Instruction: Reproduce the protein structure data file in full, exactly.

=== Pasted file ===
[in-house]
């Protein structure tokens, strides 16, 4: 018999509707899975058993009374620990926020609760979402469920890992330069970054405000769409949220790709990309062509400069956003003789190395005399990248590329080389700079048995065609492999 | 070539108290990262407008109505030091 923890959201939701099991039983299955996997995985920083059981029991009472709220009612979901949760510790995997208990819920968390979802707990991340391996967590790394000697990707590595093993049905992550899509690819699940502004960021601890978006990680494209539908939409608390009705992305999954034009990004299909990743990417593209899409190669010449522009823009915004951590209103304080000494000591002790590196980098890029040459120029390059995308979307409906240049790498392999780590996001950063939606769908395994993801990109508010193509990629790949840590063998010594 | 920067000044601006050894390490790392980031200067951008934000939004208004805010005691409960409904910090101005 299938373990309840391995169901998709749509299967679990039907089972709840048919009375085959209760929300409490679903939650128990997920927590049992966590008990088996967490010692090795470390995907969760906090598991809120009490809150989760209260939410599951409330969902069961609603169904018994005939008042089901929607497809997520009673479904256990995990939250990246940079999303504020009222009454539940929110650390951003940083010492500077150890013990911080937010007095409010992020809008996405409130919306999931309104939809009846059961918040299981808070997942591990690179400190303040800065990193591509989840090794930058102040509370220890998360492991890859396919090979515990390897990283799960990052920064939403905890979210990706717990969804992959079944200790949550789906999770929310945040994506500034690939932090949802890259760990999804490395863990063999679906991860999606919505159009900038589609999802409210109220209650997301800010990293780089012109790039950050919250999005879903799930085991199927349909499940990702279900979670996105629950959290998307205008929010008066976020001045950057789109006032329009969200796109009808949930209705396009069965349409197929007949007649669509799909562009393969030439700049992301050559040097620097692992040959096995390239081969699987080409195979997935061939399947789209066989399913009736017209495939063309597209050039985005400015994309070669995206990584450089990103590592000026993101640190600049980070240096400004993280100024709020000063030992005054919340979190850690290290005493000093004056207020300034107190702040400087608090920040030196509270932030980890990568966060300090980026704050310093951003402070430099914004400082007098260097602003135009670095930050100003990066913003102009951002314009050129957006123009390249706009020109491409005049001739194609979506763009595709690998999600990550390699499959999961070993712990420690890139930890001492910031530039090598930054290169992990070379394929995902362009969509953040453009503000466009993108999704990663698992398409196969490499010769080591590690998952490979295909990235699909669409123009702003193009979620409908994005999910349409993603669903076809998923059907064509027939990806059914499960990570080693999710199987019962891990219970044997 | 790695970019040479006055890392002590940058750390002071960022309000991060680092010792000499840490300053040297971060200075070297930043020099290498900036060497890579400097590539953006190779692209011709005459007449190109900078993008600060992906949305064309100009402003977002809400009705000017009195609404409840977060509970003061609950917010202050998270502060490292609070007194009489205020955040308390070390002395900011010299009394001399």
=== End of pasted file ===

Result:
[in-house]
């Protein structure tokens, strides 16, 4: 018999509707899975058993009374620990926020609760979402469920890992330069970054405000769409949220790709990309062509400069956003003789190395005399990248590329080389700079048995065609492999 | 070539108290990262407008109505030091 923890959201939701099991039983299955996997995985920083059981029991009472709220009612979901949760510790995997208990819920968390979802707990991340391996967590790394000697990707590595093993049905992550899509690819699940502004960021601890978006990680494209539908939409608390009705992305999954034009990004299909990743990417593209899409190669010449522009823009915004951590209103304080000494000591002790590196980098890029040459120029390059995308979307409906240049790498392999780590996001950063939606769908395994993801990109508010193509990629790949840590063998010594 | 920067000044601006050894390490790392980031200067951008934000939004208004805010005691409960409904910090101005 299938373990309840391995169901998709749509299967679990039907089972709840048919009375085959209760929300409490679903939650128990997920927590049992966590008990088996967490010692090795470390995907969760906090598991809120009490809150989760209260939410599951409330969902069961609603169904018994005939008042089901929607497809997520009673479904256990995990939250990246940079999303504020009222009454539940929110650390951003940083010492500077150890013990911080937010007095409010992020809008996405409130919306999931309104939809009846059961918040299981808070997942591990690179400190303040800065990193591509989840090794930058102040509370220890998360492991890859396919090979515990390897990283799960990052920064939403905890979210990706717990969804992959079944200790949550789906999770929310945040994506500034690939932090949802890259760990999804490395863990063999679906991860999606919505159009900038589609999802409210109220209650997301800010990293780089012109790039950050919250999005879903799930085991199927349909499940990702279900979670996105629950959290998307205008929010008066976020001045950057789109006032329009969200796109009808949930209705396009069965349409197929007949007649669509799909562009393969030439700049992301050559040097620097692992040959096995390239081969699987080409195979997935061939399947789209066989399913009736017209495939063309597209050039985005400015994309070669995206990584450089990103590592000026993101640190600049980070240096400004993280100024709020000063030992005054919340979190850690290290005493000093004056207020300034107190702040400087608090920040030196509270932030980890990568966060300090980026704050310093951003402070430099914004400082007098260097602003135009670095930050100003990066913003102009951002314009050129957006123009390249706009020109491409005049001739194609979506763009595709690998999600990550390699499959999961070993712990420690890139930890001492910031530039090598930054290169992990070379394929995902362009969509953040453009503000466009993108999704990663698992398409196969490499010769080591590690998952490979295909990235699909669409123009702003193009979620409908994005999910349409993603669903076809998923059907064509027939990806059914499960990570080693999710199987019962891990219970044997 | 790695970019040479006055890392002590940058750390002071960022309000991060680092010792000499840490300053040297971060200075070297930043020099290498900036060497890579400097590539953006190779692209011709005459007449190109900078993008600060992906949305064309100009402003977002809400009705000017009195609404409840977060509970003061609950917010202050998270502060490292609070007194009489205020955040308390070390002395900011010299009394001399």